Happy new year! In the post Christmas pre new year no man’s land I went in search of sea air to blast away the cheeseboard cobwebs and ended up in Norman’s Bay, a slightly bleak yet atmospheric looking East Sussex coastal outpost I’d often seen from the train and been intrigued by.
A small collection of houses and a Martello tower was all it seemed to offer, but after meandering along the coastal road towards Pevensey Bay with my architecture obsessed companion Alex, to our joy we stumbled upon a hidden wonder – a beautiful estate of charming modernist bungalows from the 1930’s named Beachlands.
Most the the bungalows were built between 1937 – 1939 with plans for a cinema, shops and a whole modernist seaside ‘village’ before work was abandoned in the face of the Second World War. There were some very clear Art Deco motifs whilst the bright colours and kitsch unusual decor on some of them reminded felt like we might be somewhere like California or Florida. Some of the grand street names “Marine Drive” and “The Boulevard” somehow evoked ideas of these places too.
Designer and Architect T Cecil Howitt was responsible for the initial designs, sketches and layout of the first fifty houses in Beachlands and is well known for his Council House in Nottingham and buildings in the interwar years and some iconic Odeon cinema buildings of the time. The estate also had some two storey properties with distinctive 1930’s balconies and long windows.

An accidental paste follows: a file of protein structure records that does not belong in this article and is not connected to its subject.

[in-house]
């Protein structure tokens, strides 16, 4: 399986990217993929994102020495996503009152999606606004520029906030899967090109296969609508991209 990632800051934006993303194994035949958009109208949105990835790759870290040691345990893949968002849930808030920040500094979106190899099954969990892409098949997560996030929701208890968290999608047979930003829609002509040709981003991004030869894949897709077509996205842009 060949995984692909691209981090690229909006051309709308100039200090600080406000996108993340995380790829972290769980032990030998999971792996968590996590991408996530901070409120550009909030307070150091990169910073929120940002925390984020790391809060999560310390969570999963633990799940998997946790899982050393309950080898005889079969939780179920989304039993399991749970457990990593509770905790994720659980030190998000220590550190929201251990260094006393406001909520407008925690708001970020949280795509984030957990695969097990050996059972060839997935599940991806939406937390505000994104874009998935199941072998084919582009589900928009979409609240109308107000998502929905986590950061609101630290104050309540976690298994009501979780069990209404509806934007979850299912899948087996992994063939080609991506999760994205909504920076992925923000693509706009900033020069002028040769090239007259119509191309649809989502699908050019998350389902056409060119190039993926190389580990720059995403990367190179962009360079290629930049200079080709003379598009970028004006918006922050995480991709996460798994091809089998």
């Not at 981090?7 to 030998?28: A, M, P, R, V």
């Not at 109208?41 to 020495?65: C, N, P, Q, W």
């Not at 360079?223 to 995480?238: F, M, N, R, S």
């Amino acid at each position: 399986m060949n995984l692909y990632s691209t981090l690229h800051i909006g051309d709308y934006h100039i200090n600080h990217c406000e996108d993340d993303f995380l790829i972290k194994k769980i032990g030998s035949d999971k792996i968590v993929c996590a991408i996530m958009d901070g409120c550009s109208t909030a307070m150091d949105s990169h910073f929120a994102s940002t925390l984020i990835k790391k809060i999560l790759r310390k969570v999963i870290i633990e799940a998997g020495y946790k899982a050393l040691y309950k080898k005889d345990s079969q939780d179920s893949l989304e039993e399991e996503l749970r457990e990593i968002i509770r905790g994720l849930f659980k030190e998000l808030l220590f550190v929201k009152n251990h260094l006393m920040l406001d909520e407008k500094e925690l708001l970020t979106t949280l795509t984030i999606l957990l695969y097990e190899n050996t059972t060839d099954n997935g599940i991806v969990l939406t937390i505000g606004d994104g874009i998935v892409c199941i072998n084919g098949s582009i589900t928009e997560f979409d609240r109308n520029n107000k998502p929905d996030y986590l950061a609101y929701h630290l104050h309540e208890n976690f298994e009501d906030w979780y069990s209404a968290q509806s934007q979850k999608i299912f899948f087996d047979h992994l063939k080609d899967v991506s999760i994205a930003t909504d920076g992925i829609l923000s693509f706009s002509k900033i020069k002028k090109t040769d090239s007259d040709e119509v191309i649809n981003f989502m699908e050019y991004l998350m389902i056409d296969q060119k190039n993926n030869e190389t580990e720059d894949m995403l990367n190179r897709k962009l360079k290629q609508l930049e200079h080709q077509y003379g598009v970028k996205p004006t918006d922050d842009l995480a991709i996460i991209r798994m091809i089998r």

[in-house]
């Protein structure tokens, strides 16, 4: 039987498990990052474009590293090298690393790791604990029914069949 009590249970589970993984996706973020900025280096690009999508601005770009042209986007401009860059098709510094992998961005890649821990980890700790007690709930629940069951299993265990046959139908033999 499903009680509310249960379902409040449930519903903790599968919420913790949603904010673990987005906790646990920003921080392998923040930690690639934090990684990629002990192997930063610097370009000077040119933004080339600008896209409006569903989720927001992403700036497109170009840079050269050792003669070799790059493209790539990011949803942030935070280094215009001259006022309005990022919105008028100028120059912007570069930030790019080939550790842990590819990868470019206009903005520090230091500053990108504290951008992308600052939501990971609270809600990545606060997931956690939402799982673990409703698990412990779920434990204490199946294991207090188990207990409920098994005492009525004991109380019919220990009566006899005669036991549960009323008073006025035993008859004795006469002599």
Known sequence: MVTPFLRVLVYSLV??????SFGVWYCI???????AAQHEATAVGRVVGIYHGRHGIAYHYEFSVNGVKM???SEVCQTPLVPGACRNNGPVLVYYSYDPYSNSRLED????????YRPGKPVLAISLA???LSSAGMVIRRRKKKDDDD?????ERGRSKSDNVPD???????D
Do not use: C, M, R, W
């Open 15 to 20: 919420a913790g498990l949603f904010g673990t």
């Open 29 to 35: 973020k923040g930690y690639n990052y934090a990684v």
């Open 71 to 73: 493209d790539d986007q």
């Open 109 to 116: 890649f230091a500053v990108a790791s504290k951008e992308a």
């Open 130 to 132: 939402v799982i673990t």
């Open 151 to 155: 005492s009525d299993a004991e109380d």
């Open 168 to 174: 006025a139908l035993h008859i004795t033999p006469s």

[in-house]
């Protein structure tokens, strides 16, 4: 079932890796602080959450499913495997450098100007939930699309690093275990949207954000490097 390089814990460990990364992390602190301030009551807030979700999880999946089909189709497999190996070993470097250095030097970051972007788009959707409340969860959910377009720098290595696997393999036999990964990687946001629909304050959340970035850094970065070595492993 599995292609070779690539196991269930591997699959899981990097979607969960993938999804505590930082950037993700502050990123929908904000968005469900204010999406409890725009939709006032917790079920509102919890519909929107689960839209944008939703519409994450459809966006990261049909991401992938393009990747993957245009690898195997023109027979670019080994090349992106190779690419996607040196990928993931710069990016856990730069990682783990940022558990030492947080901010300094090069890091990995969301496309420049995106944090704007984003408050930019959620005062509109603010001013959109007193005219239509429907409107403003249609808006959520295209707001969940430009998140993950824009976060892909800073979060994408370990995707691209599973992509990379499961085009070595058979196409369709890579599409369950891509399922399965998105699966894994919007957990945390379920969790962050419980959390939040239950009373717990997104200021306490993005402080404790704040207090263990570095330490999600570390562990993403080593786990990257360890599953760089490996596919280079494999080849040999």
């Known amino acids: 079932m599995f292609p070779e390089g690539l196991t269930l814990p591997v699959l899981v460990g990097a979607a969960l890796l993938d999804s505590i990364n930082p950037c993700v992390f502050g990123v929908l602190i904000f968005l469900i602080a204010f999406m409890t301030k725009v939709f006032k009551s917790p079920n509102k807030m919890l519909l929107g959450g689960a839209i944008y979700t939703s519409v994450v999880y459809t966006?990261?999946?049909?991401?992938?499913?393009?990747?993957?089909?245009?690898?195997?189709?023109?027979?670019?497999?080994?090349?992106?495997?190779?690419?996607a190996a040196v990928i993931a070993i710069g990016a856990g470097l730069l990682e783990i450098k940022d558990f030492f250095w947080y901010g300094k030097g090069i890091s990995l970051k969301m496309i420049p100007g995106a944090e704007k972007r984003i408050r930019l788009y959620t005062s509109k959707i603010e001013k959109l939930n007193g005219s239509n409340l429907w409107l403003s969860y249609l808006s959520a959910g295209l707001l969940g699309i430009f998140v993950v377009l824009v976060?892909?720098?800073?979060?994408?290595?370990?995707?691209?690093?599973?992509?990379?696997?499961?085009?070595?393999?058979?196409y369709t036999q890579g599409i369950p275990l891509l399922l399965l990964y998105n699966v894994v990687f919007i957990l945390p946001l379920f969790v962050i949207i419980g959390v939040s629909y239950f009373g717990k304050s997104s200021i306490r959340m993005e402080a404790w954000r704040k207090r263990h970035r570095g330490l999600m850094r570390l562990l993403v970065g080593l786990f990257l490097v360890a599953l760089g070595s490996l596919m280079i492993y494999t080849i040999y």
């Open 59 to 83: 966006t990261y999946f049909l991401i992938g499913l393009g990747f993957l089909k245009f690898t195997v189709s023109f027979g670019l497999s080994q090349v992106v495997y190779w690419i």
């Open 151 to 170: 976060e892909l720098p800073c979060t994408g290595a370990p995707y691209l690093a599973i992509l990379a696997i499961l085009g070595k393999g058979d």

Some later bungalows were added on to the edge of the estate in the 1950’s – also pleasing in their simple design
Interesting wood effect on these 1950’s ones
We were particularly taken with these amazing ‘oyster bungalows’ that looked like little boats. Apparently there are no examples elsewhere of this sort of design
Here’s a photo of the distinctive oyster bungalows from 1950
Aside from a handful of blogs, surprisingly little information was available about Beachlands online when looked it up after our chance visit.
I found here that local residents have now crowdfunded a book shortly to be released in an attempt to get the estate wider recognition in the field of modernist seaside architecture – clearly it is loved by the local population and residents on the estate certainly seemed keen to put their own stamp on their homes with their colourful and cheery facades and quirky garden ornaments. For now, it remains an overlooked coastal gem.